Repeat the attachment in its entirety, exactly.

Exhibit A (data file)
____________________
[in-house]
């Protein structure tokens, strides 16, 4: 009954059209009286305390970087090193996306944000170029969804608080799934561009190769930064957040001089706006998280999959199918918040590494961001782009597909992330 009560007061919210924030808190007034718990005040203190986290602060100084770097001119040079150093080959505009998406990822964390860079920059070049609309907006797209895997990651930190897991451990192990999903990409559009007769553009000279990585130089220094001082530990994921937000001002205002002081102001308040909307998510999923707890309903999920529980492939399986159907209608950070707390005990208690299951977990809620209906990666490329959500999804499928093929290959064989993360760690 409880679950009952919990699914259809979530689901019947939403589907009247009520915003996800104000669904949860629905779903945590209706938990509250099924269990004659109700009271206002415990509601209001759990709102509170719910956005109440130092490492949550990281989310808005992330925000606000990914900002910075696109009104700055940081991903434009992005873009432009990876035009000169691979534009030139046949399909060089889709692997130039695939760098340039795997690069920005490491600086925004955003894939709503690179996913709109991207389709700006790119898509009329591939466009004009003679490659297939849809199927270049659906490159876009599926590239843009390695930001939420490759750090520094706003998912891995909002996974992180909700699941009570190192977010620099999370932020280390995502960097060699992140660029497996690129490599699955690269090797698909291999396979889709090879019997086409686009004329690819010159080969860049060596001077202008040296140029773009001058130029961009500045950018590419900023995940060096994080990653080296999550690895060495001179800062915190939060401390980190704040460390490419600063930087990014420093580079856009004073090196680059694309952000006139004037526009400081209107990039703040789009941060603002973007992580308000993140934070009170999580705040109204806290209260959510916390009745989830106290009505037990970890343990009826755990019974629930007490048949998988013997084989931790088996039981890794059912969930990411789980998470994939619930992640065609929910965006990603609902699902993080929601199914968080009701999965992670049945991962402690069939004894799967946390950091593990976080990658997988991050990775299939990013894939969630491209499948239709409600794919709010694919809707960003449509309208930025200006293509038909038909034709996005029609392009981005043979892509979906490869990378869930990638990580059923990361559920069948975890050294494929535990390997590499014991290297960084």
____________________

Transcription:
[in-house]
């Protein structure tokens, strides 16, 4: 009954059209009286305390970087090193996306944000170029969804608080799934561009190769930064957040001089706006998280999959199918918040590494961001782009597909992330 009560007061919210924030808190007034718990005040203190986290602060100084770097001119040079150093080959505009998406990822964390860079920059070049609309907006797209895997990651930190897991451990192990999903990409559009007769553009000279990585130089220094001082530990994921937000001002205002002081102001308040909307998510999923707890309903999920529980492939399986159907209608950070707390005990208690299951977990809620209906990666490329959500999804499928093929290959064989993360760690 409880679950009952919990699914259809979530689901019947939403589907009247009520915003996800104000669904949860629905779903945590209706938990509250099924269990004659109700009271206002415990509601209001759990709102509170719910956005109440130092490492949550990281989310808005992330925000606000990914900002910075696109009104700055940081991903434009992005873009432009990876035009000169691979534009030139046949399909060089889709692997130039695939760098340039795997690069920005490491600086925004955003894939709503690179996913709109991207389709700006790119898509009329591939466009004009003679490659297939849809199927270049659906490159876009599926590239843009390695930001939420490759750090520094706003998912891995909002996974992180909700699941009570190192977010620099999370932020280390995502960097060699992140660029497996690129490599699955690269090797698909291999396979889709090879019997086409686009004329690819010159080969860049060596001077202008040296140029773009001058130029961009500045950018590419900023995940060096994080990653080296999550690895060495001179800062915190939060401390980190704040460390490419600063930087990014420093580079856009004073090196680059694309952000006139004037526009400081209107990039703040789009941060603002973007992580308000993140934070009170999580705040109204806290209260959510916390009745989830106290009505037990970890343990009826755990019974629930007490048949998988013997084989931790088996039981890794059912969930990411789980998470994939619930992640065609929910965006990603609902699902993080929601199914968080009701999965992670049945991962402690069939004894799967946390950091593990976080990658997988991050990775299939990013894939969630491209499948239709409600794919709010694919809707960003449509309208930025200006293509038909038909034709996005029609392009981005043979892509979906490869990378869930990638990580059923990361559920069948975890050294494929535990390997590499014991290297960084």